What is your philosophy with regard to approaching the Chinese market? The first thing that I looked at was why other Western companies had not been successful in that market, and one of the things that kind of stood out was the fact that the Western media companies would just try to take in things they did in other places, you know, like walk up to the Chinese and say, “Here’s a show that I do in Australia, and you could subtitle it, ‘___: China.’” That kind of thing wasn’t welcomed there. So these producers, especially American companies, they would be dumbfounded: “That show was a number one in the U.S., why wouldn’t they go for it?” And when I talked to the folks there that I worked with, who were kind of in the regulatory positions, they’d go, “Larry, how many shows on NBC are in Spanish?” I’d go, “None,” and so they’d say, “Well, we’re three times bigger than you, why would we want to put on shows that are not in our language and not made for our people?” And I said, you’re right, we don’t do that, the French don’t do that, a lot of countries don’t do it. Point taken. So the first thing that I realized is that if you are going to be in that market, you really need to pay attention and make sure that it’s specifically for the Chinese audience, and you have to make ’em in Mandarin. In studying the Chinese audience, I discovered it’s culturally different. People grew up there differently from us. In the consumer world, the money in China is much younger than anywhere else. I mean, people with money there are typically 25 to 40. They’re college-educated and they speak multiple languages. So number one, you had to deal with the age differences. And the issues of life maturity. A 15-year-old Chinese girl doesn’t date. A 15-year-old American girl has been dating for years. Kids here typically go away to college, they come back home and they travel to different places – they rarely know their grandparents intimately. In China, kids grow old with their grandparents. Mom and dad work, and the kid grew up with grandma and grandpa. There’s a respect for elders. And then there are the relative issues of violence in the two countries. You look at our TV shows, crime dramas and the like, you know, a guy runs into a movie theater with his submachine gun, that’s an everyday kind of thing here. You see it on television and we don’t think much of it. In China, that kind of TV show is science fiction to them. They’re like, Wait a second – how does a guy get a gun, much less an army gun. It’s unfathomable that someone can even get hold of an automatic weapon in China. So you just gotta be sensitive to those differences.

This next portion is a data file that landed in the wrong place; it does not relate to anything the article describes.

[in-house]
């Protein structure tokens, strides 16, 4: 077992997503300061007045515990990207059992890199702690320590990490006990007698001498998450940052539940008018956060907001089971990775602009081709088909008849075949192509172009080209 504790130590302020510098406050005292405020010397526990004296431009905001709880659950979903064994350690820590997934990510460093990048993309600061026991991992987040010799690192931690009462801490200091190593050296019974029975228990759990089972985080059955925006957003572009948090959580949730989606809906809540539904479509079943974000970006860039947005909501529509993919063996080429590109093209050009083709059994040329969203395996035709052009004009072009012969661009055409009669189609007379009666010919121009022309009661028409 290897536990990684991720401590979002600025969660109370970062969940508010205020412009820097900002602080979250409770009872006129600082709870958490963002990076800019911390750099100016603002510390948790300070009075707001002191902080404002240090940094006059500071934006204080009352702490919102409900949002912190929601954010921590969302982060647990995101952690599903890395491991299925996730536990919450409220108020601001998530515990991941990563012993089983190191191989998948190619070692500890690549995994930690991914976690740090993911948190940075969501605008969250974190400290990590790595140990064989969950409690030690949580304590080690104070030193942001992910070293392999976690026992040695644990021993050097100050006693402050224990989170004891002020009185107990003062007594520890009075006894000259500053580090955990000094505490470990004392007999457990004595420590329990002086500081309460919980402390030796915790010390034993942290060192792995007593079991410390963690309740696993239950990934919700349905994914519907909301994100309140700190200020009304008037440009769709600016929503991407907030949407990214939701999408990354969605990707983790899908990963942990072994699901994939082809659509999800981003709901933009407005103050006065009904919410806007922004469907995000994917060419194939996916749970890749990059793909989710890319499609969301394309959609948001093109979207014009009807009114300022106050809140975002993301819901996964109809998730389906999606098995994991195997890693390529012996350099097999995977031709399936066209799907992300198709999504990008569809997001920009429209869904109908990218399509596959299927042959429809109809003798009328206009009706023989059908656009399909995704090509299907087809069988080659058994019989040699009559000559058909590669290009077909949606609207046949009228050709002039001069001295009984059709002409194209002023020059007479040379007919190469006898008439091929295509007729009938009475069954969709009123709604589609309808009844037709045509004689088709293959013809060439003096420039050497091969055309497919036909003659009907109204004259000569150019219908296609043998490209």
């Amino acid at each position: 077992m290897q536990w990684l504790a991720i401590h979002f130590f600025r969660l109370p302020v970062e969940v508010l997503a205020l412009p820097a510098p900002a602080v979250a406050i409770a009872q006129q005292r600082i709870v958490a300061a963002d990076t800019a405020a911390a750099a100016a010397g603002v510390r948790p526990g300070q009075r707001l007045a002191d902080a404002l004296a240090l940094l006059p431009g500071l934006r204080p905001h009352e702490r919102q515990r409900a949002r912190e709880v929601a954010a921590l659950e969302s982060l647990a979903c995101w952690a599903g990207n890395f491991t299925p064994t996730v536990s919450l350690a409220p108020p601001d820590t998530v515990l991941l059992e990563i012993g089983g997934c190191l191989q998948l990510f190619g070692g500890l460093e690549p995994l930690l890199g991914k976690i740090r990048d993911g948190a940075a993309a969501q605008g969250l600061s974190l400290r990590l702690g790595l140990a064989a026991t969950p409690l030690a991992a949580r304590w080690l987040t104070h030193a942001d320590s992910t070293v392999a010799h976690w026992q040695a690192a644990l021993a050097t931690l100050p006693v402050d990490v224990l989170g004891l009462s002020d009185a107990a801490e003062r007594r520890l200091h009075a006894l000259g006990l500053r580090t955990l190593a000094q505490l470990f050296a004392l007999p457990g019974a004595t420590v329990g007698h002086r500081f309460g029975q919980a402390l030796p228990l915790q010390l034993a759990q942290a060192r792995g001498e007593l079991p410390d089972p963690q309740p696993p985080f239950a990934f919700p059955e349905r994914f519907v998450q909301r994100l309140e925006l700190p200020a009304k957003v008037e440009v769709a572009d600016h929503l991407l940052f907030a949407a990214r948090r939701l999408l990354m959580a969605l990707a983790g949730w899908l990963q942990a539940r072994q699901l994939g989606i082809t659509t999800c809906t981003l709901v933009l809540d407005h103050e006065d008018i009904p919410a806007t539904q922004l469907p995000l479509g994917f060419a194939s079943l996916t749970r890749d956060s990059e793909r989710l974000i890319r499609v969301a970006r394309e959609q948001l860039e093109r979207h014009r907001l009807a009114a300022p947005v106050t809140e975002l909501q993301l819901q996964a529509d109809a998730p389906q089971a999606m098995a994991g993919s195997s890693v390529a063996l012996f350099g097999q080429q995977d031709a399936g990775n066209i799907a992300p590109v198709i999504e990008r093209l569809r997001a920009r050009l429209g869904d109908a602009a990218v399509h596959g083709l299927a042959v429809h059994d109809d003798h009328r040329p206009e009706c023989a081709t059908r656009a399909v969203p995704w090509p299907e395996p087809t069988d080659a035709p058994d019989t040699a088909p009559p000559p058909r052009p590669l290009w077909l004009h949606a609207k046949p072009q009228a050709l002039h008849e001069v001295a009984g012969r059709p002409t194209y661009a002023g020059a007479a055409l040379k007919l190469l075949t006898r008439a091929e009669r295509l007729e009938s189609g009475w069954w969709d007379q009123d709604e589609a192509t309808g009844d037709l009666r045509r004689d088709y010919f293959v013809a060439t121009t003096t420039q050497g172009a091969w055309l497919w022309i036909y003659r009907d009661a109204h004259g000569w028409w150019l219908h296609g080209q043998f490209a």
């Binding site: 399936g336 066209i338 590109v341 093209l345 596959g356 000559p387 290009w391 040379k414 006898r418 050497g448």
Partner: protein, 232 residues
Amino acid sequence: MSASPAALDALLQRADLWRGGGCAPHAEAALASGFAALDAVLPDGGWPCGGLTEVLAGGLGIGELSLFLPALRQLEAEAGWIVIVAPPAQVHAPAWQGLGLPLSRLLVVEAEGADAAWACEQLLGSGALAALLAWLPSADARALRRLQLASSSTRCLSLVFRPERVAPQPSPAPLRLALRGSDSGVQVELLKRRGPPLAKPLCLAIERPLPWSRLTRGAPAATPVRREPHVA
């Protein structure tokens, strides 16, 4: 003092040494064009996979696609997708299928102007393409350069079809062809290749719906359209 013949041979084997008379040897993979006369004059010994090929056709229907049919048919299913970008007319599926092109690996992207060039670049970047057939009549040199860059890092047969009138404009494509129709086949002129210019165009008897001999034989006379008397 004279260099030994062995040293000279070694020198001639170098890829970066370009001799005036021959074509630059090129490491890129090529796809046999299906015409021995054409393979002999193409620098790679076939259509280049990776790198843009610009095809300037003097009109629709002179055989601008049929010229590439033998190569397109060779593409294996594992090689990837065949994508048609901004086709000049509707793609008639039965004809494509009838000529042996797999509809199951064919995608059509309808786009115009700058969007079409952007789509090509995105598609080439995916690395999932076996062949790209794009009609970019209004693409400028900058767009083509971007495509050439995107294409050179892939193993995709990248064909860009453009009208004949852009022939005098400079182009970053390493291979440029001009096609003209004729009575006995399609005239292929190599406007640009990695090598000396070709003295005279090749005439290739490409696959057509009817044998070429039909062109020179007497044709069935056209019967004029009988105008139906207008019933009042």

And how does that line up between Chinese morals and sensitivity and government regulation and censorship? Well, for us – meaning Metan Global – we steer clear of politics. I like silly comedies and crazy reality shows, stuff like that, so number one, the politics of China, quite honestly, is not my business. It’s the people of China. It’s kind of like when I would go visit my mom in Florida and I would say, let’s go eat Italian food at 8:30. She’d say, no, no, we are going to the deli at 5:30. And I’d say no, no, no, I don’t like that. And she’d say, Listen, in this house, we eat at 5:30; if you don’t like it, go to a hotel. And it’s not just China. It’s been that way in every country I’ve worked in – I’m a guest there. So we just go by that example: It’s their house. If I am in China, I gotta go by their rules. It’s not my business to try to reshape their society.